I had the good fortune to share a podcast episode with Nadine Matheson, best-selling author and lawyer. As is often the case with a fast-flowing and enjoyable chat, you find yourself discussing topics that hadn’t occurred to you until the alchemy of the moment created a spark.
As we were finishing our conversation, Nadine spoke about the ‘two’ authors that every writer tends to become. The first persona is really our natural self, whether that happens to be an introvert, extrovert, or ambivert. It’s the part of us who has developed a writing process and whose primary focus is producing the work.
The second persona, which may be as different from our true self as the cliffs of Dover are from a hardened dairy product, is the public author. It’s the Author who turns up to give a talk or writes a compelling article that also references their latest work. This persona is a mask, but it has its uses. In a social media age of greater public access to the person behind the page (or any other art form), it is also a convenience.
While many authors choose to write about subjects which connect with their private lives, or create novels that were inspired / triggered by personal experience, it is increasingly expected that any author will be able to justify their suitability to write a particular work of fiction.
When I spoke to Nadine I found myself drawing on what I like to call ‘pub stories’. They are true but that they are the kind of stories you would typically share in a pub with your mates. It’s testament to Nadine that she made me so comfortable that it didn’t feel as though we were discussing anything that would later be broadcasted.
You can listen to the conversation here:
The persona is a construct. Even my written intro is a construct. Again, it is true but follows the maxim:
Only tell people what you want them to know.*
Derek grew up in London and started writing fiction in his teens. After spending a year in the US, he returned to London and subsequently moved to the West Country. He wrote a commissioned piece for The Guardian in 2008 and entered the world of freelance writing in 2009. His short fiction has featured in both British and American anthologies, and can be found online. He has also written comedy material for live performance and radio.
No mention there of the terribleness of the teen fiction, the oodles of rejections, the specifics of that US sojourn from so long ago (a novel / script is still in the works), the issues with the article published by The Guardian (or the two anonymous pieces that followed – and why they were anonymous), or that I wrote much of the live comedy material as one of a pool of around 100+ contributors.
The point I’m making, if there is indeed a point at all, is that you can never take what you read at face value. Not entirely, anyway.
Some of the very best spy thriller authors have spent time working in the field of Intelligence. Names that come to mind include John le Carré, Len Deighton, Ian Fleming, Graham Greene, Eric Ambler. They wrote about what they knew.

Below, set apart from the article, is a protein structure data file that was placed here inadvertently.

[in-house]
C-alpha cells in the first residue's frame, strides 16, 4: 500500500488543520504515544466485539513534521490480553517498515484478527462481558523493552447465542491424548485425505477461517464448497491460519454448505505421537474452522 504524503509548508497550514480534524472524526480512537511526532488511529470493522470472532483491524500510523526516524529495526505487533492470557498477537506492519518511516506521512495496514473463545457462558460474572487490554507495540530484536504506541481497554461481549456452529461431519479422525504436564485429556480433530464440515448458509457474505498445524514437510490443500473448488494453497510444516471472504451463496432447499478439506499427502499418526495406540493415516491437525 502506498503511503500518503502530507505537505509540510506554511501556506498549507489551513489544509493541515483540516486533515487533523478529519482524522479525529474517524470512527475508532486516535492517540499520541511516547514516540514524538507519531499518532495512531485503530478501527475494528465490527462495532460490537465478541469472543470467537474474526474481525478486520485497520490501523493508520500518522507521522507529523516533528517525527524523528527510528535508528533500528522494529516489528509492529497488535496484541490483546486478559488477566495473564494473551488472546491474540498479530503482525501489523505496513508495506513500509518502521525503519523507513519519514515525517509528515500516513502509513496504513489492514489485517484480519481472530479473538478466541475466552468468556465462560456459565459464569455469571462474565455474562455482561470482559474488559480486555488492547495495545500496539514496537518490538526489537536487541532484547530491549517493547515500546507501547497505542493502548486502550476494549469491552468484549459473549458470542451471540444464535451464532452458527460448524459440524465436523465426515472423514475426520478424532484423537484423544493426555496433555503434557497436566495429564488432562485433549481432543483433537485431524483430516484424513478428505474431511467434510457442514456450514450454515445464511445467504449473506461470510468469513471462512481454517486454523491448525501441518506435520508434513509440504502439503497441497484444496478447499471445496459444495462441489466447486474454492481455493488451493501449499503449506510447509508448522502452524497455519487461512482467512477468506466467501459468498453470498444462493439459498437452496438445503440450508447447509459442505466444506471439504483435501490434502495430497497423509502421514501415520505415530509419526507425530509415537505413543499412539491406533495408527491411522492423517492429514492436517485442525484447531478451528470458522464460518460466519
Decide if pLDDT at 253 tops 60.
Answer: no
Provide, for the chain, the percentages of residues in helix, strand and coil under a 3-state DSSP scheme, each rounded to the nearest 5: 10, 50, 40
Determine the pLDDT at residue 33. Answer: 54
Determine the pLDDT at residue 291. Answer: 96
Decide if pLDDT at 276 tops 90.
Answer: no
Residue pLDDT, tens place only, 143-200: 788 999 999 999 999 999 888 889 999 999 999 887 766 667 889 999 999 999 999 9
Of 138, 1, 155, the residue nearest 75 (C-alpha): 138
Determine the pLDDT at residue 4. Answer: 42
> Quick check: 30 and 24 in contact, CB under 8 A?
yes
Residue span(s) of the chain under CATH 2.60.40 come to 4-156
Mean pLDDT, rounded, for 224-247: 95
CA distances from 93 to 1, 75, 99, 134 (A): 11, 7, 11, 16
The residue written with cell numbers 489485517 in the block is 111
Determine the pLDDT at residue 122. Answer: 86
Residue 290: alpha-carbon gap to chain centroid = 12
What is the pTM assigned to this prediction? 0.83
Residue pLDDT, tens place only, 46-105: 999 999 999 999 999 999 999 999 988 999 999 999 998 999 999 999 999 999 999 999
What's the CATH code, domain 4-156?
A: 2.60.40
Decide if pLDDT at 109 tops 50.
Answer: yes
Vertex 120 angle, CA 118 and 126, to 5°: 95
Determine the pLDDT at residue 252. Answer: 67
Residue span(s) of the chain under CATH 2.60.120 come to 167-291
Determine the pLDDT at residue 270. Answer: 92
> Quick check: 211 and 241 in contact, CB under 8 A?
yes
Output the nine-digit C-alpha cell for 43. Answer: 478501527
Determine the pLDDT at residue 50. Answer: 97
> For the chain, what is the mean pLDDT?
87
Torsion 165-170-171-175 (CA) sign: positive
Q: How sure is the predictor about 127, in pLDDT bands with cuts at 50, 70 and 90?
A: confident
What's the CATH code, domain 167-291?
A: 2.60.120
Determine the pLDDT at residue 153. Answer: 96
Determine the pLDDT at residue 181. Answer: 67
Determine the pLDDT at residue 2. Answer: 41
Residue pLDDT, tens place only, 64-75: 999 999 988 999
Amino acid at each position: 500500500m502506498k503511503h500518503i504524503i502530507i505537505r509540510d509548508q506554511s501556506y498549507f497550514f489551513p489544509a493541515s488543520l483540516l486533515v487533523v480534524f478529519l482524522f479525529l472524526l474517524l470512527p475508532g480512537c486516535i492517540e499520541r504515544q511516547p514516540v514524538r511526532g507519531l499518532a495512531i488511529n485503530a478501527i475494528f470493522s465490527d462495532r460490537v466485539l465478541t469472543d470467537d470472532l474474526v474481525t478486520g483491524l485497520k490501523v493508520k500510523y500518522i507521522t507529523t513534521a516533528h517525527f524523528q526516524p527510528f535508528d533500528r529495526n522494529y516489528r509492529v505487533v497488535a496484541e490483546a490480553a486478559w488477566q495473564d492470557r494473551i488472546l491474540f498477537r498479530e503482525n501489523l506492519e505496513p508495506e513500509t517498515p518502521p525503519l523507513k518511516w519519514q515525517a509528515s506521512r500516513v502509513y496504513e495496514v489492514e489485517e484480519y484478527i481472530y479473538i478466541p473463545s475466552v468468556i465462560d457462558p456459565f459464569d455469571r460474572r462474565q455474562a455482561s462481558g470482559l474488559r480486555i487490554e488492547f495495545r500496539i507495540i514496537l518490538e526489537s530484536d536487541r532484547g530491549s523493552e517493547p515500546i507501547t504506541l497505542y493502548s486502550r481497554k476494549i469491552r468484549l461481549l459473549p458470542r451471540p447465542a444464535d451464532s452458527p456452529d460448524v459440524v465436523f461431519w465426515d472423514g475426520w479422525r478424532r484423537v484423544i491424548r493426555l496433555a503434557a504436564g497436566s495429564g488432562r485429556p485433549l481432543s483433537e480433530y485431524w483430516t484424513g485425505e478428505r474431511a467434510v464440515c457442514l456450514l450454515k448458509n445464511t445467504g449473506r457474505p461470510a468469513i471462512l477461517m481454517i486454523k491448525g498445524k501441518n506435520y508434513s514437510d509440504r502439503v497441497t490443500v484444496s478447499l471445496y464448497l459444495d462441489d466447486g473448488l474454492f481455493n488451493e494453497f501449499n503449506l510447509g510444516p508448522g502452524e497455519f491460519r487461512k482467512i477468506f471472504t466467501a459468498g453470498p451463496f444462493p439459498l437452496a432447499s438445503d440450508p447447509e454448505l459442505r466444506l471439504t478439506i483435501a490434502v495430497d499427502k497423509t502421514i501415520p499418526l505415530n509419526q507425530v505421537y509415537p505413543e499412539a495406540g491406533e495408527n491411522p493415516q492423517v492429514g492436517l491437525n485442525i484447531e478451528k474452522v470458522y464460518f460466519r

Disappointingly – for all of us – I don’t fit that mould. I did work for the civil service but, frankly, back in the 1980s they seemed to take anyone. In the building where I worked there was a former Vietnam War helicopter pilot and also a senior civil servant who had been a secret CND protestor while her sibling worked at Aldermaston. (I learned this when my choice of office wall poster resulted in a private discussion.) Interestingly, it was common knowledge (i.e. opinion) that a nearby shop selling Russian goods was a base for enemy surveillance (and Matryoshka dolls).
So, not a spy. I’ve never been engaged in surveillance either, although I worked on a project for Deep Packet Inspection, which, broadly, could be construed as data snooping.
I’ve not had any firearms training. However, I have experienced both ends of a gun – neither happily. Once was a case of being in the wrong place at the wrong time and, in the other situation, it did not end well for a Victorian wardrobe mirror.
Man of mystery then? Hardly! I made three work visits to Belfast during the 1990s. On the first trip I thought I was about to be kidnapped when a stranger jumped into the taxi with me, and another time I dived under the desk because I thought the air-conditioning ‘pop’ was a bomb going off. Bizarrely, on one of those trips I was mistaken at the airport for a squaddie coming home. My only use to the armed forces would be as a sandbag.
I’ve no connections in the world of Intelligence. I do count three serving / ex police officers (including former military police) among my wider circle of friends and acquaintances, but that’s just a random statistic. The only time I’ve had an intelligence related conversation was when I requested a visit to a police station and had a fascinating chat about data extraction from mobile phones, as part of my research for a crime mystery.
What might my Author persona talk about then?
No idea. Knowing him, he’d make it up.
I don’t believe half his stories – and I was there!
*Okay, it’s my maxim, but the point still stands.